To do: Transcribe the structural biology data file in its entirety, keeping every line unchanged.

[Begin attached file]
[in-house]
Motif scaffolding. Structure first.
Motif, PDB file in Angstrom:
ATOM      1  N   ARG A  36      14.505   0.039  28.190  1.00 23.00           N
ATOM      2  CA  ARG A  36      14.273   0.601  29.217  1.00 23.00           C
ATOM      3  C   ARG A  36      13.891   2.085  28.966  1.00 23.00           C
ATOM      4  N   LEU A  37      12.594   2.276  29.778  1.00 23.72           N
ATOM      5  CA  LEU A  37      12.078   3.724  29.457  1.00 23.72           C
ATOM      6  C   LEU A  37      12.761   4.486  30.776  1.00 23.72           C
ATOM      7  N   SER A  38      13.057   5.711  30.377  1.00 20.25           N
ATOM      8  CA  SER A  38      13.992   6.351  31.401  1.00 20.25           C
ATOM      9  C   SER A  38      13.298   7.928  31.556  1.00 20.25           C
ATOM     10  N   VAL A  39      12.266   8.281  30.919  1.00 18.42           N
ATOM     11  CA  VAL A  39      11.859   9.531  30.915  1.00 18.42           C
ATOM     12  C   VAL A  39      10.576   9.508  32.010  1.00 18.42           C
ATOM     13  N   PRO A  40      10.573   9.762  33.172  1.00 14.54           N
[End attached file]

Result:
[in-house]
Motif scaffolding. Structure first.
Motif, PDB file in Angstrom:
ATOM      1  N   ARG A  36      14.505   0.039  28.190  1.00 23.00           N
ATOM      2  CA  ARG A  36      14.273   0.601  29.217  1.00 23.00           C
ATOM      3  C   ARG A  36      13.891   2.085  28.966  1.00 23.00           C
ATOM      4  N   LEU A  37      12.594   2.276  29.778  1.00 23.72           N
ATOM      5  CA  LEU A  37      12.078   3.724  29.457  1.00 23.72           C
ATOM      6  C   LEU A  37      12.761   4.486  30.776  1.00 23.72           C
ATOM      7  N   SER A  38      13.057   5.711  30.377  1.00 20.25           N
ATOM      8  CA  SER A  38      13.992   6.351  31.401  1.00 20.25           C
ATOM      9  C   SER A  38      13.298   7.928  31.556  1.00 20.25           C
ATOM     10  N   VAL A  39      12.266   8.281  30.919  1.00 18.42           N
ATOM     11  CA  VAL A  39      11.859   9.531  30.915  1.00 18.42           C
ATOM     12  C   VAL A  39      10.576   9.508  32.010  1.00 18.42           C
ATOM     13  N   PRO A  40      10.573   9.762  33.172  1.00 14.54           N